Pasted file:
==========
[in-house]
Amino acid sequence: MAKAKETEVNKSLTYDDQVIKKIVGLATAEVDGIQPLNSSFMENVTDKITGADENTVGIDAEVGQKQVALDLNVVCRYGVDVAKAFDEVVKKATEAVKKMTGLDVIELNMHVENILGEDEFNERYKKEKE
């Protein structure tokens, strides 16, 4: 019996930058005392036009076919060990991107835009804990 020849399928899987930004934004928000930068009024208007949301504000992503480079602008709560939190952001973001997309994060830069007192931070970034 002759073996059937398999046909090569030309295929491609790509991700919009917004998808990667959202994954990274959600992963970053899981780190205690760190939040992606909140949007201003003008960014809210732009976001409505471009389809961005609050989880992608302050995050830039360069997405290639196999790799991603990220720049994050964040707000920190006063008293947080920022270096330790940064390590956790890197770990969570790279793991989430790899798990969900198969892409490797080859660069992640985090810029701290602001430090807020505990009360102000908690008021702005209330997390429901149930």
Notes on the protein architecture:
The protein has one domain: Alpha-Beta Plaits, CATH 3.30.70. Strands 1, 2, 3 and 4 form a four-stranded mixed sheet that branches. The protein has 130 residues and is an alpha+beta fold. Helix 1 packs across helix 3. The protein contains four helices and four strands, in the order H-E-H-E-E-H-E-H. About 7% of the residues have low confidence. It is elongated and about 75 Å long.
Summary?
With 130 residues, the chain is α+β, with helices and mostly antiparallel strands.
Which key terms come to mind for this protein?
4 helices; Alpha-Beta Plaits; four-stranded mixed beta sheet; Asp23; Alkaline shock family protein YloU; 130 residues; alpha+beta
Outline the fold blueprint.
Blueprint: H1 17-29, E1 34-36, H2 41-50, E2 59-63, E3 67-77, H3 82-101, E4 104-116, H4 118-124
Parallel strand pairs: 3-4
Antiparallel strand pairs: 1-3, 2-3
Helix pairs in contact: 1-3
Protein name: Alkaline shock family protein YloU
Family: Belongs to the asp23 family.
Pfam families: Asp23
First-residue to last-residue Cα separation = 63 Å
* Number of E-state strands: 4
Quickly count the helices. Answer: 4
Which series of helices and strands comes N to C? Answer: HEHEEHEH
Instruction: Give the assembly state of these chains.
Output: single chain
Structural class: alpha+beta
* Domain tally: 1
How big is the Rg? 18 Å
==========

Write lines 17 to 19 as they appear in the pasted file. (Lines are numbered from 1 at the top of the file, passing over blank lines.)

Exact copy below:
Pfam families: Asp23
First-residue to last-residue Cα separation = 63 Å
* Number of E-state strands: 4